The fall out will be particularly felt In sectors where there is a skill set shortage with a reliance on non-U.K nationals to fill the gaps.

Read: Post Brexit Talent Drain 

  • Hard Brexit protection

One  of the concerns of candidates contemplating a transfer or applying for a new job in the UK is what will happen if a hard Brexit impacts them. Will they have to pay for a visa or even have to repatriate?  Recruiters are starting to be asked for clauses in their contracts to cover negative contingencies such as a visa support and repatriation.

  •  Salary protection 

Another concern is the current drop in the value of the pound, but also other volatile currency shifts. Many candidates have financial commitments in currencies other than they one they maybe paid in and are looking for salary hedging clauses. Candidates currently paid in sterling with commitments in Euro have seen a recent negative impact on net income.

  • Protection of other rights  

Prof Alan Vaughan Lowe QC a leading barrister who specialises in international public law told a House of Lords panel last month that it was “inconceivable” that the employment laws would survive entirely intact. He maintains that there is  “zero chance EU citizens in UK will keep same rights post-Brexit”  This massive level of uncertainty makes candidates wonder what they should be looking for from employers if they transfer internally within an organistion to the U.K. and where they stand longer term. The lack of clarity is creating a culture of uncertainty, which always  deals a damaging blow to any business or economy.

Not unsurprisingly the reverse situation does not seem to apply, in my experience at least. To date I can report no concerns from candidates contacted to relocate to Europe and even an increase in numbers open to international assignments.

If your company struggles to identify and attract the right candidates,for all executive search requirements contact me.

 

HRTech World – Managing the messages

Fresh back from HRtechWorld in Paris, I am trying to work out the best way of managing the messages for HR which were at times complex and conflicting. The over-riding theme of any tech conference is clearly the tech. The conference/expo central area literally hums with the vibe of complete confidence in our futures. They have it covered. No question. The pace of change is palpable as new apps, games and processes being designed by the brightest and best in tech companies are shared with an enthusiasm which is hard to beat.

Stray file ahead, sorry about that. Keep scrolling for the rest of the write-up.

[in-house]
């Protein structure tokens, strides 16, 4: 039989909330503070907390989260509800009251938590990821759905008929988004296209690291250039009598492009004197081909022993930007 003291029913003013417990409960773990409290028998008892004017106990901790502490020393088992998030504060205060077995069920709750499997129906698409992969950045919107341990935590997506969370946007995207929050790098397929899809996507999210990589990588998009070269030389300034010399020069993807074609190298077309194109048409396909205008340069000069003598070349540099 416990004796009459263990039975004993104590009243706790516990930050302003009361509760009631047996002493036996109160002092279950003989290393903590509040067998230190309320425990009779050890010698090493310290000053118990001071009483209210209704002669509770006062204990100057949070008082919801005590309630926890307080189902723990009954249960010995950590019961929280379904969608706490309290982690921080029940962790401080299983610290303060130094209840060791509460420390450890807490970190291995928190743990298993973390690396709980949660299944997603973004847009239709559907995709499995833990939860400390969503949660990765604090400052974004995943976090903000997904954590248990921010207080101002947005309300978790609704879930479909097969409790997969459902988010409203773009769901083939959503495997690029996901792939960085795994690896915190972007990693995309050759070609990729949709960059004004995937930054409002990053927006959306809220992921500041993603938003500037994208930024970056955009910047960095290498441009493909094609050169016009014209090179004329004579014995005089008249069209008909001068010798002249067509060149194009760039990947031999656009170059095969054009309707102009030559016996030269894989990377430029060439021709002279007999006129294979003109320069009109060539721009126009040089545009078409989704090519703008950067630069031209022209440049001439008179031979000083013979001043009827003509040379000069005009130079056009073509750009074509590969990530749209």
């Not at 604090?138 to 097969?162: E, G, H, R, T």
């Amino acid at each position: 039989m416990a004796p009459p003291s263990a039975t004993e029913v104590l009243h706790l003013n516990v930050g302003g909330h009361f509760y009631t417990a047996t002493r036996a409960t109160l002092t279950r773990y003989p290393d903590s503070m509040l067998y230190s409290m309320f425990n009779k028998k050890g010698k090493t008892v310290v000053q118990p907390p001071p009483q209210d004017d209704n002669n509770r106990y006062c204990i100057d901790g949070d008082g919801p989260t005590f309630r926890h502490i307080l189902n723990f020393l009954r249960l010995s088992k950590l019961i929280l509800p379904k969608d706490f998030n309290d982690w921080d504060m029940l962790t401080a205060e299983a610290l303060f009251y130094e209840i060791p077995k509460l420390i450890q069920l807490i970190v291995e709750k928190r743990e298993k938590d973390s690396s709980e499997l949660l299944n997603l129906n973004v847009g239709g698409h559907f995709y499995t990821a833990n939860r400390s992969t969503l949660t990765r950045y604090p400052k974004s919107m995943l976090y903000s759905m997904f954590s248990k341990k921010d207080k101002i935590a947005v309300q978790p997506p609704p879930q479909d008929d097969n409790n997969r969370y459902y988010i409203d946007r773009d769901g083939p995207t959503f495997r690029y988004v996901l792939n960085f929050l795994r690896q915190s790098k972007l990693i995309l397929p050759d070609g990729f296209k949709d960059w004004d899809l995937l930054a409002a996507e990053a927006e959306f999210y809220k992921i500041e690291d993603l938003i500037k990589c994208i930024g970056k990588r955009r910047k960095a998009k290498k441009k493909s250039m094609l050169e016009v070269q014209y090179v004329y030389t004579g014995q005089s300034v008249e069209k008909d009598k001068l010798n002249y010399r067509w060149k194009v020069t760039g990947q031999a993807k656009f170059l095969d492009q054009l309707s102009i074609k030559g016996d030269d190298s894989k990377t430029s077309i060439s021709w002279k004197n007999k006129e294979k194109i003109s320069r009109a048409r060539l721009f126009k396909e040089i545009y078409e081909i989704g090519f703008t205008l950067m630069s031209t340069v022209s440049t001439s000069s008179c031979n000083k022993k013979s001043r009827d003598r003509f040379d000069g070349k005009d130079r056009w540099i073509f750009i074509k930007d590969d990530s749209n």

In the Disrupt HR section newcomers and hopefuls pitch for the €15,000 cheque under Faye Hollands watchful eye. Read her blog posts on that process.

In the Influencers stream where I spent most of my time, Jean-François Manzoni, President of IMD, put the current pace of change into perspective on the Influencers stage. “Change in 30 linear steps is 30 metres. 30 exponential steps is a billion metres, which translates into more than 20 times around the world. “  Leighanne Levensaler, SVP Products at work day confirmed that “change was coming whether we liked it or were even ready for it” in her session.  Costas Markides on the main stage showed us exactly how unprepared for change most organisations are.

Mixed and sombre

Here, on the main stages the messages were more than slightly mixed and definitely more sombre. The recurring rallying call was the usual “putting the human back into HR” with employee engagement still way down in  the doldrums. To Gary Hamel’s exuberant point, we need to unclog our organisational arteries of bureaucracy to empower employees and increase engagement.

Bureacracy free zone

Photo Annemie Marien

He goes onto say that “people turn up to work physically, but leave their humanity at home”  which is always a problem when you want to put the human back into the workplace. He suggests that organisations are suffering from ambition deficit disorder which he calls #bureausclerosis.